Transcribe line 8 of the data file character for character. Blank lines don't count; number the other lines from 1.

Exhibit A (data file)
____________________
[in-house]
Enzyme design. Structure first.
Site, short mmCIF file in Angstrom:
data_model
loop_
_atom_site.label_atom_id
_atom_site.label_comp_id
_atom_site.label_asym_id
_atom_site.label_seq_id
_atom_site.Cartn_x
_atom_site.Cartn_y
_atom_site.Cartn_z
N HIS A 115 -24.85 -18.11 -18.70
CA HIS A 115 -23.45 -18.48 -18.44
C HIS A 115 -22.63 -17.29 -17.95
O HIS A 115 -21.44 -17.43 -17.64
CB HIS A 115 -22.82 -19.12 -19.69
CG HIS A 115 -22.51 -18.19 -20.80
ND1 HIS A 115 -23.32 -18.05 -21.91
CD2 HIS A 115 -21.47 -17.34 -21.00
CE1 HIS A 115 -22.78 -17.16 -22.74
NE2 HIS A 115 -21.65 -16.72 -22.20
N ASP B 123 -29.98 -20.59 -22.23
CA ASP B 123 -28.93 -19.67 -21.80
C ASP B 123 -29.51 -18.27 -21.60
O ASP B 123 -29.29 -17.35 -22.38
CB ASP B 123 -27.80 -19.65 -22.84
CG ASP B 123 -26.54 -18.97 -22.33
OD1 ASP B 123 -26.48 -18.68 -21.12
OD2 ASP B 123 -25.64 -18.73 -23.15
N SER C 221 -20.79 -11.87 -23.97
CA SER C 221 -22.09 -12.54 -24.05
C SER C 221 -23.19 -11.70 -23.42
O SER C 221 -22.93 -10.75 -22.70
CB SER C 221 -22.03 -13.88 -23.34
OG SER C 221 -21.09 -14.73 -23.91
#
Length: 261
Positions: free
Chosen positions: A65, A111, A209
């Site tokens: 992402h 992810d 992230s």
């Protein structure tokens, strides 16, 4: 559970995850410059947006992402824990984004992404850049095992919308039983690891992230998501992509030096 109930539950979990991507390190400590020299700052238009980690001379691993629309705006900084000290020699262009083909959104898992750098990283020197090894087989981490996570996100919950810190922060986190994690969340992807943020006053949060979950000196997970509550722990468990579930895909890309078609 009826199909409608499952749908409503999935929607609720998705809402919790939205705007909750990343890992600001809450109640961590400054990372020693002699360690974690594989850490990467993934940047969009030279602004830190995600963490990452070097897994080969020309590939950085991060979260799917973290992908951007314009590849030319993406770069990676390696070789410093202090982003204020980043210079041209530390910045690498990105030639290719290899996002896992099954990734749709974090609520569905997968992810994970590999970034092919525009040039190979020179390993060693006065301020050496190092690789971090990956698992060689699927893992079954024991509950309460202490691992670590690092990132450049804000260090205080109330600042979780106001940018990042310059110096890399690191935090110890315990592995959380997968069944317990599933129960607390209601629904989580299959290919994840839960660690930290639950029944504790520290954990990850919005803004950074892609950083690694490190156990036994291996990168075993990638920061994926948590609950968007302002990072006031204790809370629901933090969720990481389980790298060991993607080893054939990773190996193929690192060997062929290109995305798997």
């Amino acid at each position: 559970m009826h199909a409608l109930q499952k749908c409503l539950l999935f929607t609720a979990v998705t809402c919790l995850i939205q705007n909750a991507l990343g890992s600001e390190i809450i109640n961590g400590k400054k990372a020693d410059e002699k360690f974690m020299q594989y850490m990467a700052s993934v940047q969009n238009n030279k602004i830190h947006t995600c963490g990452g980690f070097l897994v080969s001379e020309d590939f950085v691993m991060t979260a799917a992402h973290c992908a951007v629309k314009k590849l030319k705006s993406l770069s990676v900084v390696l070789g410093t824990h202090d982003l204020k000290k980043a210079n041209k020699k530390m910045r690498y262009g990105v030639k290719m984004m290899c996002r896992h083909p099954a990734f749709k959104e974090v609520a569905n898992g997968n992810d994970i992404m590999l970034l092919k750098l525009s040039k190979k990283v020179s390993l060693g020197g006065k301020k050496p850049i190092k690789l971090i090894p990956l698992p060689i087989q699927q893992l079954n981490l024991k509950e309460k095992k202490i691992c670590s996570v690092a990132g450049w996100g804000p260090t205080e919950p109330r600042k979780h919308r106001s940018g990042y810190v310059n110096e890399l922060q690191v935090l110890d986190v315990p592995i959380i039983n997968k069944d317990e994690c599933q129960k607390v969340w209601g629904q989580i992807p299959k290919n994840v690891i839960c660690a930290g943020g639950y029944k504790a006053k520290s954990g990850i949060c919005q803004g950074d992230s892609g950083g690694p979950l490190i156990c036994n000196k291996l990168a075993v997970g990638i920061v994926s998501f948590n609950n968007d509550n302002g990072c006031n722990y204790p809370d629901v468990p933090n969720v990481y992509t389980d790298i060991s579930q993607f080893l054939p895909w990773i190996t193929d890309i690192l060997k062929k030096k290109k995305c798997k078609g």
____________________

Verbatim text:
_atom_site.label_asym_id